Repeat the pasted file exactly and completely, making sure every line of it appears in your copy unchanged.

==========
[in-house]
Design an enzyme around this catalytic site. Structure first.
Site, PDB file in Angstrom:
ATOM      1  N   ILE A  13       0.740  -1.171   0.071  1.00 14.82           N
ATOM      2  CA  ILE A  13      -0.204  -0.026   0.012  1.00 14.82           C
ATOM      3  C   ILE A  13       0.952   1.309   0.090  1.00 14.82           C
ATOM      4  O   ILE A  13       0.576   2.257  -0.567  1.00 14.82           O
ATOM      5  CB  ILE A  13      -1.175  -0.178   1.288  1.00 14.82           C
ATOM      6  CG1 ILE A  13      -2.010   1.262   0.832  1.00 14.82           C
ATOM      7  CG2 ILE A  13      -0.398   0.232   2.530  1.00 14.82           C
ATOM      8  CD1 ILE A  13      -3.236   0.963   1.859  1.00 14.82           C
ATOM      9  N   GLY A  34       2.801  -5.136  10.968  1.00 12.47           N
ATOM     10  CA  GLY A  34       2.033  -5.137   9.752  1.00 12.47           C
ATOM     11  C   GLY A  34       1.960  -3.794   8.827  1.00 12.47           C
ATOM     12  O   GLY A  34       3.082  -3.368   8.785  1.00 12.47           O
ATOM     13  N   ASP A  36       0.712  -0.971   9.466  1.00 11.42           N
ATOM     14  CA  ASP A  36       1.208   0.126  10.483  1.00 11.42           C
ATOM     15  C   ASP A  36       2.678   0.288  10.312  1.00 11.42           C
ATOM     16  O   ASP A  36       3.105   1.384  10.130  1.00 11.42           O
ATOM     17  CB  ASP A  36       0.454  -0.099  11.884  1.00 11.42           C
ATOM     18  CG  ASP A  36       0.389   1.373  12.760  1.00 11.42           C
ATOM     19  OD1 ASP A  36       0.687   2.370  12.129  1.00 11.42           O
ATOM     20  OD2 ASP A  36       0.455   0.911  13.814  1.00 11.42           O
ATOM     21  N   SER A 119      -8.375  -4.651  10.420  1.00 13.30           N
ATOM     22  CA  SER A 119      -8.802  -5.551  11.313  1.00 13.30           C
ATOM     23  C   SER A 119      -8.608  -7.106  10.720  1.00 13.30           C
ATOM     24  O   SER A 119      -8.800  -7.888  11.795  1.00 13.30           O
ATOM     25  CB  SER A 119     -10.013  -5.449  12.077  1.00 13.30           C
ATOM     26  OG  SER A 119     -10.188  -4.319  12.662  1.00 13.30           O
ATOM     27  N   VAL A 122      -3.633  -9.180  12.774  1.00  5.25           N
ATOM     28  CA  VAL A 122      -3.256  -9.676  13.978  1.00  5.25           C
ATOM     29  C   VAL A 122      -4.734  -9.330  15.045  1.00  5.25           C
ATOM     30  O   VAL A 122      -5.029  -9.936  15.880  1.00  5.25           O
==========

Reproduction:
[in-house]
Design an enzyme around this catalytic site. Structure first.
Site, PDB file in Angstrom:
ATOM      1  N   ILE A  13       0.740  -1.171   0.071  1.00 14.82           N
ATOM      2  CA  ILE A  13      -0.204  -0.026   0.012  1.00 14.82           C
ATOM      3  C   ILE A  13       0.952   1.309   0.090  1.00 14.82           C
ATOM      4  O   ILE A  13       0.576   2.257  -0.567  1.00 14.82           O
ATOM      5  CB  ILE A  13      -1.175  -0.178   1.288  1.00 14.82           C
ATOM      6  CG1 ILE A  13      -2.010   1.262   0.832  1.00 14.82           C
ATOM      7  CG2 ILE A  13      -0.398   0.232   2.530  1.00 14.82           C
ATOM      8  CD1 ILE A  13      -3.236   0.963   1.859  1.00 14.82           C
ATOM      9  N   GLY A  34       2.801  -5.136  10.968  1.00 12.47           N
ATOM     10  CA  GLY A  34       2.033  -5.137   9.752  1.00 12.47           C
ATOM     11  C   GLY A  34       1.960  -3.794   8.827  1.00 12.47           C
ATOM     12  O   GLY A  34       3.082  -3.368   8.785  1.00 12.47           O
ATOM     13  N   ASP A  36       0.712  -0.971   9.466  1.00 11.42           N
ATOM     14  CA  ASP A  36       1.208   0.126  10.483  1.00 11.42           C
ATOM     15  C   ASP A  36       2.678   0.288  10.312  1.00 11.42           C
ATOM     16  O   ASP A  36       3.105   1.384  10.130  1.00 11.42           O
ATOM     17  CB  ASP A  36       0.454  -0.099  11.884  1.00 11.42           C
ATOM     18  CG  ASP A  36       0.389   1.373  12.760  1.00 11.42           C
ATOM     19  OD1 ASP A  36       0.687   2.370  12.129  1.00 11.42           O
ATOM     20  OD2 ASP A  36       0.455   0.911  13.814  1.00 11.42           O
ATOM     21  N   SER A 119      -8.375  -4.651  10.420  1.00 13.30           N
ATOM     22  CA  SER A 119      -8.802  -5.551  11.313  1.00 13.30           C
ATOM     23  C   SER A 119      -8.608  -7.106  10.720  1.00 13.30           C
ATOM     24  O   SER A 119      -8.800  -7.888  11.795  1.00 13.30           O
ATOM     25  CB  SER A 119     -10.013  -5.449  12.077  1.00 13.30           C
ATOM     26  OG  SER A 119     -10.188  -4.319  12.662  1.00 13.30           O
ATOM     27  N   VAL A 122      -3.633  -9.180  12.774  1.00  5.25           N
ATOM     28  CA  VAL A 122      -3.256  -9.676  13.978  1.00  5.25           C
ATOM     29  C   VAL A 122      -4.734  -9.330  15.045  1.00  5.25           C
ATOM     30  O   VAL A 122      -5.029  -9.936  15.880  1.00  5.25           O